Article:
Most of the other patients slept during their infusions, but I wouldn't have been able. First, most patients have their medications mixed with Benadryl to make it easier for the body to accept it. Knowing I would have to drive home, my doctor substituted Zyrtec, which had a much less drowsy effect on my body. Also, the two nurses kept me busy with frequent checks and repeated monitoring of my blood pressure and temperature. Plus, I was hopped up on 10 doses of steriods! That said--and maybe because of the stress of it all, I was fatigued. About an hour after I got home, I took a 3 hour nap.  Then afterwards, I couldn't fall asleep until 2 am--but no worries, I slept in late! Fortunately from here on in, I'll be taking much fewer steroids.

Generally, the body takes 24 hours to respond to chemo, though it can take as much as 48 hours. So far, I have felt no side effects and have not discovered any signs of neuropathy. I did get a good blue bruise over the port site, but chest bruises are kind of becoming normal to me now. Next  week I should start losing some hair (though there's not much to lose). All in all, it was kind of boring and even with the Taxol pain, totally worth it to kill off the remaining cancerous buggers in my body. I know that this will become tougher over the next twelve weeks (Taxol side effects are cumulative), but right now, it's more boring than anything.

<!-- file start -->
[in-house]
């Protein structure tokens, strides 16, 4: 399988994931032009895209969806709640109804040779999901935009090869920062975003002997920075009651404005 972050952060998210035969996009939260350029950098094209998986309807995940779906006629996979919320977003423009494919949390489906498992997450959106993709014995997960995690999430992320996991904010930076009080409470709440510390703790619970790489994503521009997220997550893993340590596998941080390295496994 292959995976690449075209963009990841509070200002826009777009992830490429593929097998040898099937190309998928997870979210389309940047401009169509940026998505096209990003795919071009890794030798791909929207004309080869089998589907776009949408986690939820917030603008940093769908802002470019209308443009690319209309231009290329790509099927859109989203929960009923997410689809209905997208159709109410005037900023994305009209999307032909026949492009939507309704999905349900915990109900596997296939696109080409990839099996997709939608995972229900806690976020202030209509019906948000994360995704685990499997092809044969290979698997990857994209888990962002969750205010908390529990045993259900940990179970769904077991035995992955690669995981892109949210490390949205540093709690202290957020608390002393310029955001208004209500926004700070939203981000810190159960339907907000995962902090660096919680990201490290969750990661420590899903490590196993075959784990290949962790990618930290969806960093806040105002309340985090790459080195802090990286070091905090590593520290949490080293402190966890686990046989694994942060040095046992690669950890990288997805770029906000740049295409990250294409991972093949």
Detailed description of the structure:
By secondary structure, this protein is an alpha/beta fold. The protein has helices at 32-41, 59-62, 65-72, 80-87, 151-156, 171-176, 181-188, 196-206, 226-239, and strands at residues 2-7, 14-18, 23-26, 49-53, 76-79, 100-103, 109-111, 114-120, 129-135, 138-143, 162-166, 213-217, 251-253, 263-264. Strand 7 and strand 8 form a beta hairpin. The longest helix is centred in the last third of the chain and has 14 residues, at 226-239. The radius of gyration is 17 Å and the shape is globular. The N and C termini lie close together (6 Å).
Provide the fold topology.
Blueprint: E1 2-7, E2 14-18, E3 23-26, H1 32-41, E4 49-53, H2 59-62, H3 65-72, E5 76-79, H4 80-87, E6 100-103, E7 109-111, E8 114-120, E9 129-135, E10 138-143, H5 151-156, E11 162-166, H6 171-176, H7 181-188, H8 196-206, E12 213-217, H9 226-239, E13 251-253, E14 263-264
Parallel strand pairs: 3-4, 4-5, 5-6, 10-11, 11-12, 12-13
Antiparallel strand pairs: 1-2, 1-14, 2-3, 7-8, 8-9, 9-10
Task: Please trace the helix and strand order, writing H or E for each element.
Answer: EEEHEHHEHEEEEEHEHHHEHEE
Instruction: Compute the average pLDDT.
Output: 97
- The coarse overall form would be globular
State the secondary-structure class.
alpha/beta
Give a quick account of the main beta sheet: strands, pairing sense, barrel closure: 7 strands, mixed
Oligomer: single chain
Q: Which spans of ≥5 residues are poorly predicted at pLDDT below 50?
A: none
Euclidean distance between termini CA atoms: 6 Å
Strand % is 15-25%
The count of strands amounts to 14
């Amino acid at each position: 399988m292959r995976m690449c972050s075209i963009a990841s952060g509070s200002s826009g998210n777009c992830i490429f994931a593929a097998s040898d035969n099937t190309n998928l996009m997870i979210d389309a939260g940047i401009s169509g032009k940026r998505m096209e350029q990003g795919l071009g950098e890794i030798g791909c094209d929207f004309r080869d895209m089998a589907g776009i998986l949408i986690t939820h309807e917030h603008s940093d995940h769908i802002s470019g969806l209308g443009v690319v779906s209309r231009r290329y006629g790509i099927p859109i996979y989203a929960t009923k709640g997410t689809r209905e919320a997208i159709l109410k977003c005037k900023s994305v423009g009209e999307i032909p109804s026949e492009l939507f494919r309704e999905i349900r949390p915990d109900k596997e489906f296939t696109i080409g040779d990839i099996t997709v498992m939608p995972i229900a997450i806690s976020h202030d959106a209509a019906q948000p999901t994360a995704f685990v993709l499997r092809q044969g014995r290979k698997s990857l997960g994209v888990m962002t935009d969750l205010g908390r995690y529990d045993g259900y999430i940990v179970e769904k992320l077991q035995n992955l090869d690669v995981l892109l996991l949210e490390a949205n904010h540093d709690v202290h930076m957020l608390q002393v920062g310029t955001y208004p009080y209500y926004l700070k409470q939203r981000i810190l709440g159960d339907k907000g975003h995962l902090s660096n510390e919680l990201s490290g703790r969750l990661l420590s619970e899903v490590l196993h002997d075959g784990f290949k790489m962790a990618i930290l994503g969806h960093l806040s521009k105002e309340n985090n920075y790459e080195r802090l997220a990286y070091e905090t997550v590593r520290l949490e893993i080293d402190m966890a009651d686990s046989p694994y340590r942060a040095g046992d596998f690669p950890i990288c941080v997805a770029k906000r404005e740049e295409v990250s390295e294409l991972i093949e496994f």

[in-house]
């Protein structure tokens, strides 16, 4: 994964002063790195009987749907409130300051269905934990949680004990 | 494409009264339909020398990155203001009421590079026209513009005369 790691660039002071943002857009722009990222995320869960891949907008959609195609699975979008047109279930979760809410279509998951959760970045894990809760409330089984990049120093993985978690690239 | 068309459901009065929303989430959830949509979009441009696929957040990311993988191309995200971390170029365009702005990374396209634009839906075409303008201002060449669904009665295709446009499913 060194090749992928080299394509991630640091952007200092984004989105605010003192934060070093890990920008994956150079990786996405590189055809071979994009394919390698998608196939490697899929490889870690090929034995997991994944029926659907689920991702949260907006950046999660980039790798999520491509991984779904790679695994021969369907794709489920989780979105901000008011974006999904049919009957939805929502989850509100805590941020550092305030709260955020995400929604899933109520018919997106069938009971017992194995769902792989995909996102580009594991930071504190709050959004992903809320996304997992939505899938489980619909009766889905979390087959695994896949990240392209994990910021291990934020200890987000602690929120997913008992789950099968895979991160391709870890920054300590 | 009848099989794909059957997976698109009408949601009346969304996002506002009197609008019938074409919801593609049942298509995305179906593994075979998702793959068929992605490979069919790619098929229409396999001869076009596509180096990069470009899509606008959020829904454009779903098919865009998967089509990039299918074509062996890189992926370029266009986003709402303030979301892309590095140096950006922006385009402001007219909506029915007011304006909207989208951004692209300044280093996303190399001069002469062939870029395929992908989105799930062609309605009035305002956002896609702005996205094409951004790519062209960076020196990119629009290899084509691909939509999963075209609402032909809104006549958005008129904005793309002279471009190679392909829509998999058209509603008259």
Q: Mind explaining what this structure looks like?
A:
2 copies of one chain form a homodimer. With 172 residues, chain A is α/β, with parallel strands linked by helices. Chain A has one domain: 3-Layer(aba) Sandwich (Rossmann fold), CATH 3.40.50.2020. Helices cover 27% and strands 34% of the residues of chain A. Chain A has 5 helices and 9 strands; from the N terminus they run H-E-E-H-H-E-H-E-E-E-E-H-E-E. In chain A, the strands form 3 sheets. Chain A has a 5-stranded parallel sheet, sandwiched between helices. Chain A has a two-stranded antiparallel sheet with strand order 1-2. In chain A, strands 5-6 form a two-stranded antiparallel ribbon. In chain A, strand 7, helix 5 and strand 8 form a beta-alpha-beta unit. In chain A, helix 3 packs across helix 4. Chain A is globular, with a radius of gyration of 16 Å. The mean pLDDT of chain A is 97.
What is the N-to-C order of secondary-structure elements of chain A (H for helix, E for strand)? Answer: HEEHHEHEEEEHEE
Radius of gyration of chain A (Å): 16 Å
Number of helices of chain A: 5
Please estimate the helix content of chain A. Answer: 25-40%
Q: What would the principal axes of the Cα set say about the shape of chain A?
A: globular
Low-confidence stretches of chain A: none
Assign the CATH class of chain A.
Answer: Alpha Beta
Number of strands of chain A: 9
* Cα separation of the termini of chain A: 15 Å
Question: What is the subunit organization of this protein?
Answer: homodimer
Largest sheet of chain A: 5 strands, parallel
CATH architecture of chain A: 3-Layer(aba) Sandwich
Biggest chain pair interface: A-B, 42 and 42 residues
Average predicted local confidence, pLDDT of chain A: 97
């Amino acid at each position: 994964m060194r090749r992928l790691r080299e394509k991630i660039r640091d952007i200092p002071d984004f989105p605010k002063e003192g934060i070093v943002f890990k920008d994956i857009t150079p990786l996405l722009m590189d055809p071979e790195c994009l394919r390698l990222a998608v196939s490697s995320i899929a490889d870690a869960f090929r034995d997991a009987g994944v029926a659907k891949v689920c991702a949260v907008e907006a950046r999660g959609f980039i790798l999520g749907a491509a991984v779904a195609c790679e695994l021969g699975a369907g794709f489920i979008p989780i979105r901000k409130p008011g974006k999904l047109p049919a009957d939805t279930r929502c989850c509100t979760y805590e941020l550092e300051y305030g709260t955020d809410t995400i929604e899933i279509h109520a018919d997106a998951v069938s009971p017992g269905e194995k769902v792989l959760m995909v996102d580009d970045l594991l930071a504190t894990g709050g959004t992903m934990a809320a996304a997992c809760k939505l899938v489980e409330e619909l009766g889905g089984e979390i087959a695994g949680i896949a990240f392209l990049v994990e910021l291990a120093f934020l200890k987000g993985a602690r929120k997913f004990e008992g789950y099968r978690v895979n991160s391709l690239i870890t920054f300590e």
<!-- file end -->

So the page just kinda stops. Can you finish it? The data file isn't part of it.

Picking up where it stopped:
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  • Marilyn Fitzgerald : Mary, you are so brave! My heart is with you.
  • Jonatha Caspian : Thinking about you and appreciating your narrative details and reporting style. {{{{{ <3 }}}}}
  • Rebecca Olds : I'll repeat what Val said. I hope it helps, to give a written account - to look this in the eye, describe, quantify, label, assess - and of course a valuable work to look back at later. Gentle hugs accruing for when we see each other again.
  • Val LaBore : I hope this is helping you talk about everything that's happening to you. I know it did me, although mine wasn't for this. Sending more love. --Val
  • sean lee : Thanks for this information....no one knows what you're going through and this helps me to realize and understand the things that you're dealing with. My thoughts and prayers continue with you going into the best outcome.